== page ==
Drop by drop: The U.S. Agency for International Development and the United Nations are struggling to empower women farmers in Africa, but cultural and land issues make it a tough goal to achieve.
West Africa has some of the lowest rates of access to safe drinking water in the world. Governments, private contractors, UN agencies and international non-government organizations (NGOs) have spent billions of dollars to address the problem. But success is elusive, and the challenge is only becoming more severe. Populations are growing, people are moving from farms to cities, and city planning is chaotic.
The reasons cited for failure are varied and numerous, from inadequate funds and mismanagement to corruption, lack of spare parts, no local buy-in, and weak institutions. At same time, everyone claims to have the latest and most promising solution to the challenge.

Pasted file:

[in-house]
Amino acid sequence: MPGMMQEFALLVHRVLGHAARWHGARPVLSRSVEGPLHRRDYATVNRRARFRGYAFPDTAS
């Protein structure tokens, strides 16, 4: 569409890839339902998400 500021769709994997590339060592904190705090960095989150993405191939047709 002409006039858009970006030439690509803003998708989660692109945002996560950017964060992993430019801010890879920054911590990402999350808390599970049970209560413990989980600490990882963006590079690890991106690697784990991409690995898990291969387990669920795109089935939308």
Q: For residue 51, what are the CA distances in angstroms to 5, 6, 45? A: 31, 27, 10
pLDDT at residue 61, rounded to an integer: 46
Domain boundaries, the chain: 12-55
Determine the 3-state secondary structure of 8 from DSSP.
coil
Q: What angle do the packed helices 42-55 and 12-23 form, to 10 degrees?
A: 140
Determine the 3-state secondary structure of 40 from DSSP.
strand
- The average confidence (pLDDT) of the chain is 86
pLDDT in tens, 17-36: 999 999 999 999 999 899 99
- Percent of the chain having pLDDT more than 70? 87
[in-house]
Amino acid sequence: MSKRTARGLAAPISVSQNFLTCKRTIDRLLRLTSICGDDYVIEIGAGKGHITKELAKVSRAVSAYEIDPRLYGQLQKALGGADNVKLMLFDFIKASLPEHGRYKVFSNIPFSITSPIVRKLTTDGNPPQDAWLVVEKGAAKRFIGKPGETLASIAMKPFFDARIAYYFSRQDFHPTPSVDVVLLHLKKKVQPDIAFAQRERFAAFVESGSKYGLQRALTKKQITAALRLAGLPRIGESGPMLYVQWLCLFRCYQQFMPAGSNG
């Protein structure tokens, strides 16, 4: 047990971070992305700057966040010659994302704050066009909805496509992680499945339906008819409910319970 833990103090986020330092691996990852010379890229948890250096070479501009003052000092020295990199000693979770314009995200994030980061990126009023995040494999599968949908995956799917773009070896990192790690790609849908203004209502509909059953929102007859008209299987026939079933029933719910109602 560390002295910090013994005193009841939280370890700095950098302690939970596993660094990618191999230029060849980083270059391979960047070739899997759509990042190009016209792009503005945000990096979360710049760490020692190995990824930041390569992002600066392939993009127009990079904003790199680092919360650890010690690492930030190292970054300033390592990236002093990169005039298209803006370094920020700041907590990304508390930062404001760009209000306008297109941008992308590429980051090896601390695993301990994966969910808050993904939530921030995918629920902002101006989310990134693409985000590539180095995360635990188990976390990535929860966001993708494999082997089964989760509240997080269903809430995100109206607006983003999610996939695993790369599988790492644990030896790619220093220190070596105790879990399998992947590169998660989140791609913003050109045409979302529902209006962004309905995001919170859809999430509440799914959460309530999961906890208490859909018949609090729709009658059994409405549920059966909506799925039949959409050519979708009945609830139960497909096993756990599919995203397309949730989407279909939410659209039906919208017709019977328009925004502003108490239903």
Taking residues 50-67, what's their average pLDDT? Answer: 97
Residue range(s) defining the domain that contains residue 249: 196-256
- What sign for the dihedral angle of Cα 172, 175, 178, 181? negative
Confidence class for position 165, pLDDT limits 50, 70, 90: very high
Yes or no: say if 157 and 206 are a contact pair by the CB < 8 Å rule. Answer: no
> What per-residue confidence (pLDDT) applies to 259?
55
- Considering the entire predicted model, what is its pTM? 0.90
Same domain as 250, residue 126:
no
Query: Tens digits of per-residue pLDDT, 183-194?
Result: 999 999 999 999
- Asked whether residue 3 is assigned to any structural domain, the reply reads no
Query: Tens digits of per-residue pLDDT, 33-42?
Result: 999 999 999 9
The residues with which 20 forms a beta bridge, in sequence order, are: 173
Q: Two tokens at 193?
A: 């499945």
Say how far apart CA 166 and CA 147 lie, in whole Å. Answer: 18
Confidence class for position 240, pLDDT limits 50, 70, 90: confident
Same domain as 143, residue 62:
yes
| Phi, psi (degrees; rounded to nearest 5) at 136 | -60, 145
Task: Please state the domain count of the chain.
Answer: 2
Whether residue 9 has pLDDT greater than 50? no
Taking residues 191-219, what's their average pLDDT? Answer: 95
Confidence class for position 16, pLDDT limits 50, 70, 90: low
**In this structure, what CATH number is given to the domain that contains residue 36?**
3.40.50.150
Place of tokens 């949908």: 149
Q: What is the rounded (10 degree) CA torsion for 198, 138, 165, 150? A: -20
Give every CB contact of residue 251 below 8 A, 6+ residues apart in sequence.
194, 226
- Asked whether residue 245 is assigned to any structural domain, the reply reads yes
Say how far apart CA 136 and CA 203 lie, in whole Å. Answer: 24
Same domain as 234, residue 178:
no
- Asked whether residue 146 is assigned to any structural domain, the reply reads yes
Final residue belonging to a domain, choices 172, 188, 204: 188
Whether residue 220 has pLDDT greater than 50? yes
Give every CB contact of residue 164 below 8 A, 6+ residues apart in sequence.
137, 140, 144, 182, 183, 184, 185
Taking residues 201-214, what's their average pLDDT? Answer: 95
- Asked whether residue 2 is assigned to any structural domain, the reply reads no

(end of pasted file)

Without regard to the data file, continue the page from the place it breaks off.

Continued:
Missing from the flood tide of PR and spin are local, objective voices with international reach that can distinguish high-level rhetoric from baseless posturing and good intentions from good results.
The Pulitzer Center is partnering with journalists from four countries in West Africa: Nigeria, Ghana, Ivory Coast, and Liberia. American journalists, Stephen Sapienza and Peter Sawyer, traveled to the region to report alongside them.